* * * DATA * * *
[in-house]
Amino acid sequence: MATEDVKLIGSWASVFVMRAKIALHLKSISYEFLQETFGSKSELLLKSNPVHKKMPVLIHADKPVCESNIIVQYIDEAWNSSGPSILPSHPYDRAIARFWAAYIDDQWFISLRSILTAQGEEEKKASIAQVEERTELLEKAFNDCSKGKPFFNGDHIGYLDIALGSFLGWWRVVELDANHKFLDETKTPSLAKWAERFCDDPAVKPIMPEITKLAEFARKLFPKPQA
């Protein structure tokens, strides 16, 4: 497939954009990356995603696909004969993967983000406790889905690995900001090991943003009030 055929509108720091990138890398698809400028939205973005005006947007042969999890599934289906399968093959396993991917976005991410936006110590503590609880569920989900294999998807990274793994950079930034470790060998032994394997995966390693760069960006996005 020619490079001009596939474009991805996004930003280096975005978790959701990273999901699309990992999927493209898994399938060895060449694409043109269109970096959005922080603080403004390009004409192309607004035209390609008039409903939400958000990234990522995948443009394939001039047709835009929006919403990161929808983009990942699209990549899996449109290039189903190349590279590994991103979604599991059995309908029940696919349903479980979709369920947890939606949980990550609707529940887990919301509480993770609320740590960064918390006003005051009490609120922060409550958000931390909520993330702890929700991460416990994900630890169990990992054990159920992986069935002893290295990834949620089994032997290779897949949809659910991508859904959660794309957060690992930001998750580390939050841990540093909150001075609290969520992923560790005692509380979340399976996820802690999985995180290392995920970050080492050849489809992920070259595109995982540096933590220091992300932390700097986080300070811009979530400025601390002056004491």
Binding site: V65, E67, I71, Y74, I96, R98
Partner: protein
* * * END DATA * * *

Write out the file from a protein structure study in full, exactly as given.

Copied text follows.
[in-house]
Amino acid sequence: MATEDVKLIGSWASVFVMRAKIALHLKSISYEFLQETFGSKSELLLKSNPVHKKMPVLIHADKPVCESNIIVQYIDEAWNSSGPSILPSHPYDRAIARFWAAYIDDQWFISLRSILTAQGEEEKKASIAQVEERTELLEKAFNDCSKGKPFFNGDHIGYLDIALGSFLGWWRVVELDANHKFLDETKTPSLAKWAERFCDDPAVKPIMPEITKLAEFARKLFPKPQA
């Protein structure tokens, strides 16, 4: 497939954009990356995603696909004969993967983000406790889905690995900001090991943003009030 055929509108720091990138890398698809400028939205973005005006947007042969999890599934289906399968093959396993991917976005991410936006110590503590609880569920989900294999998807990274793994950079930034470790060998032994394997995966390693760069960006996005 020619490079001009596939474009991805996004930003280096975005978790959701990273999901699309990992999927493209898994399938060895060449694409043109269109970096959005922080603080403004390009004409192309607004035209390609008039409903939400958000990234990522995948443009394939001039047709835009929006919403990161929808983009990942699209990549899996449109290039189903190349590279590994991103979604599991059995309908029940696919349903479980979709369920947890939606949980990550609707529940887990919301509480993770609320740590960064918390006003005051009490609120922060409550958000931390909520993330702890929700991460416990994900630890169990990992054990159920992986069935002893290295990834949620089994032997290779897949949809659910991508859904959660794309957060690992930001998750580390939050841990540093909150001075609290969520992923560790005692509380979340399976996820802690999985995180290392995920970050080492050849489809992920070259595109995982540096933590220091992300932390700097986080300070811009979530400025601390002056004491």
Binding site: V65, E67, I71, Y74, I96, R98
Partner: protein